I know for myself that I am very comfortable with the work and it has always been one of my very favourite areas of work in gynaecology. I do know however that when I meet a woman who is considering an abortion of twins, there is some reverberation inside myself. This is not particularly rational but I am aware of it. I hope it does not get in the way of what I am trying to do but I suspect sometimes it does because that is my personal 'little twinge' if you like.

I hope the women I see, sometimes together with their partners, are seeing me by choice. I remember when I went to work at St Bartholemew's Hospital in the early 1980s, there were consultants who were extremely ambivalent about abortion. I was constantly being asked, as a social worker, to assess women and my interviews were clearly based on assessment. I was expected to write a report and the consultant would then make a decision which may or may not accord with my recommendation.

I realise how much that has changed. Certainly in recent years when we have had an identified service, with staff who have chosen to work within it and a consultant who sees this as part of her life's work, the way women come to me is very different. I hope that when they come to me they are coming because they want to or they feel they need to. I can actually, I think, spot very quickly when a woman has been sent to me. She will probably say so or she will sit and not speak. The way I deal with that is to say very straight: 'It seems to me that you may have been sent to me. You don't know me, you may not like the look of me, you may not like any thing about this. It really is your right not to have to see me and it really is up to you whether you have a termination or not, but I am here and if at any time you would like to talk with anyone, you know where I am'.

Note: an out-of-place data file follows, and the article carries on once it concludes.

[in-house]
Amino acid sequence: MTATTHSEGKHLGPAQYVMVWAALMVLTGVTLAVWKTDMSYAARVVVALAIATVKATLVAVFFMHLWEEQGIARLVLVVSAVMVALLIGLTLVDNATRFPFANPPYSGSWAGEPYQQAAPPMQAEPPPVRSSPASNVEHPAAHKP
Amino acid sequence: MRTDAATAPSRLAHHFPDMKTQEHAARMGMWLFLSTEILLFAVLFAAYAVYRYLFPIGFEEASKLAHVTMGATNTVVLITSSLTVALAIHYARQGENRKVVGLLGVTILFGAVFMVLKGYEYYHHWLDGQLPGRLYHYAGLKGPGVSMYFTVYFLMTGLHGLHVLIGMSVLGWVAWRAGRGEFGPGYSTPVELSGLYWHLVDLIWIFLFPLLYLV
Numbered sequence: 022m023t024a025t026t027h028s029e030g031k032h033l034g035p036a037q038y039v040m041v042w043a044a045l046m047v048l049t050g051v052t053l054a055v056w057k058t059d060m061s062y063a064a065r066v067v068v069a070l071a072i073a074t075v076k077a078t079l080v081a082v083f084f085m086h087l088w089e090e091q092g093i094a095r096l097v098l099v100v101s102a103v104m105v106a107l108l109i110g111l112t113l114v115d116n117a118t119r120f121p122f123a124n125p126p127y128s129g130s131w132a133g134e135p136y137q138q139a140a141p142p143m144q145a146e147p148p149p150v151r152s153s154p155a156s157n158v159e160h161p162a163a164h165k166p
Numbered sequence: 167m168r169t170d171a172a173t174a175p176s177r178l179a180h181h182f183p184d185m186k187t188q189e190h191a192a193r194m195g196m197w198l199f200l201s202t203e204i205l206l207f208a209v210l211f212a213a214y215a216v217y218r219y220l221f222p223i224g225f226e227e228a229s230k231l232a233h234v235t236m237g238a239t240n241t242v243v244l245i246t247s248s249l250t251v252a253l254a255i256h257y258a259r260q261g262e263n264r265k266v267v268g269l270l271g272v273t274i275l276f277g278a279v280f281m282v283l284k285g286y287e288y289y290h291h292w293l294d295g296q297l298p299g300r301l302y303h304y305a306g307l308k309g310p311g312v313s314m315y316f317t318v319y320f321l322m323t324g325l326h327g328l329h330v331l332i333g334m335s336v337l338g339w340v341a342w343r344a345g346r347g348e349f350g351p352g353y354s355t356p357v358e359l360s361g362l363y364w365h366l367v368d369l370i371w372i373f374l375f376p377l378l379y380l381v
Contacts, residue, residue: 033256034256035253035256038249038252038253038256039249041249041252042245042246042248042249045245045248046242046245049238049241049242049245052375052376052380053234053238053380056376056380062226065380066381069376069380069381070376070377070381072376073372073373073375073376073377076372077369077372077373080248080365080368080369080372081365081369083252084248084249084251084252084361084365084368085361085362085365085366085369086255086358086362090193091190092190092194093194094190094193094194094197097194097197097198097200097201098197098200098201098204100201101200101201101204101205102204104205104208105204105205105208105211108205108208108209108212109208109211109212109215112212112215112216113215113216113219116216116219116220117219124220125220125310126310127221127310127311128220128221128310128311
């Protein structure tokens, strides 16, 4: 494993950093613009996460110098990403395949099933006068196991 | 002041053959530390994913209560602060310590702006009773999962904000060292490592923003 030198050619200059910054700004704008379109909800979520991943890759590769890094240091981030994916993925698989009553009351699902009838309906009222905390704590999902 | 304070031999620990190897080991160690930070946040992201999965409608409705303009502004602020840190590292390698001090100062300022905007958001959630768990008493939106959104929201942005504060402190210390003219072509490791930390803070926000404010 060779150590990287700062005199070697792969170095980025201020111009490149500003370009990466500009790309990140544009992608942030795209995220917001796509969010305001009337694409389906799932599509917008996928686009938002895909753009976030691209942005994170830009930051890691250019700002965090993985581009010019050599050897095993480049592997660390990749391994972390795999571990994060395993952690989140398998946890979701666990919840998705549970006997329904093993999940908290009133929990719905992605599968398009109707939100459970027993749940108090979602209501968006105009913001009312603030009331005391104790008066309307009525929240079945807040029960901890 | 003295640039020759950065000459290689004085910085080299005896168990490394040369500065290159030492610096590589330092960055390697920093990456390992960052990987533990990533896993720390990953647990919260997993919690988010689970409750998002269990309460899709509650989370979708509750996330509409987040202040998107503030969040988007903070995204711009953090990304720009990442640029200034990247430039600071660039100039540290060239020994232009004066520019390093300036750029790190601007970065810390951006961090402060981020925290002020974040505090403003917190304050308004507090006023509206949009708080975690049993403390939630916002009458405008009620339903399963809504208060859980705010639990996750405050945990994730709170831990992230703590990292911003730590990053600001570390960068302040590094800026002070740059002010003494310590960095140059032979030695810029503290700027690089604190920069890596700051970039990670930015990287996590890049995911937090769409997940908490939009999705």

I think if you are offering a pre-termination counselling service, it is absolutely essential to offer a post-termination counselling service. Sometimes it is the same women who use both services, and I have certainly seen women who have booked ahead afterwards. These are quite often women who have had a termination before and who are very aware of how they were affected by that. Some women are very depressed afterwards, and they hope by booking in ahead of the operation for counselling afterwards, they will be able to get through it more easily. Sometimes it is women who had thought that they were absolutely fine with their decision, and have found afterwards that they want some counselling.

The counselling I offer in the hospital setting can be relatively independent and I think that is terribly important. Those of you who work in teams really need to have established that what you do is independent and that information does not go into medical notes, unless a woman particularly wants that. Sometimes women do, but it is important that they can feel they can speak in confidence.

In a pre-termination situation I try to give the woman a sense of there being a bit of time. I can allow an hour initially and I can allow more than that if she needs more time, in which I am concentrating on her. I am trying to listen very hard to her, and trying to help her tease out what this decision means for her. Some women do this by making lists, and some have prepared lists before (here is the pro termination side, and here is the anti). Counselling is really nothing very mystical, which was the word used earlier in the conference. I think it is a listening process. You are really trying to help this woman feel that you want to hear what she has to say, that you are not going to judge her and that you really are there to support her in whatever she decides to do.